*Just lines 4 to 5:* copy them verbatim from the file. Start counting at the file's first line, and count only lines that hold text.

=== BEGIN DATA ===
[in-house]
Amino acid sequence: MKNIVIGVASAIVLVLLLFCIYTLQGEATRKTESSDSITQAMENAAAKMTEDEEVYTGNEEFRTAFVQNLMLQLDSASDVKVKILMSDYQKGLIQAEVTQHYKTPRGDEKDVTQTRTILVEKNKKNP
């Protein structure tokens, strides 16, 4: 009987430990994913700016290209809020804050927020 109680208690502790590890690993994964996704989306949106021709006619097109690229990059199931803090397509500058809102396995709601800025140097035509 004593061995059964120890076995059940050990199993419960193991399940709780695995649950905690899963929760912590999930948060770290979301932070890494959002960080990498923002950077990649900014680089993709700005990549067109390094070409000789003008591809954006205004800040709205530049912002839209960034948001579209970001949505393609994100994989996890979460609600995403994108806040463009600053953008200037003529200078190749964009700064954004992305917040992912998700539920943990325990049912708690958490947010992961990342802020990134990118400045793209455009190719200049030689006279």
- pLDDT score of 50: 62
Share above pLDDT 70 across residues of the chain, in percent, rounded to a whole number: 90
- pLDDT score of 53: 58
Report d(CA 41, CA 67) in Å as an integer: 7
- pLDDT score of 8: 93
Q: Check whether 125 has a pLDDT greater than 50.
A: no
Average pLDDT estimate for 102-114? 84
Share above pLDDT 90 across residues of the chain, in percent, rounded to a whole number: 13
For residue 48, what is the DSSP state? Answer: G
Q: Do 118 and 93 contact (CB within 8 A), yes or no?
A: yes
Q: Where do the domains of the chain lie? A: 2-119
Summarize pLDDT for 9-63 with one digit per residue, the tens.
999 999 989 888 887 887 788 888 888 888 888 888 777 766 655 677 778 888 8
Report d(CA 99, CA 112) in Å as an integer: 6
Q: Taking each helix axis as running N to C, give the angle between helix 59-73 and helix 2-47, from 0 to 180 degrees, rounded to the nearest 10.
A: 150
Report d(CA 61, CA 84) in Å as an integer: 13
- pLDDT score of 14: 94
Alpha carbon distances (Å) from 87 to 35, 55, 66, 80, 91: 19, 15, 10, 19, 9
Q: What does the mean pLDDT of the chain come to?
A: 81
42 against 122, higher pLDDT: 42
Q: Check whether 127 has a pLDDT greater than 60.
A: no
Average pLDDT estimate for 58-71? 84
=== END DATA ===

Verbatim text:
- pLDDT score of 50: 62
Share above pLDDT 70 across residues of the chain, in percent, rounded to a whole number: 90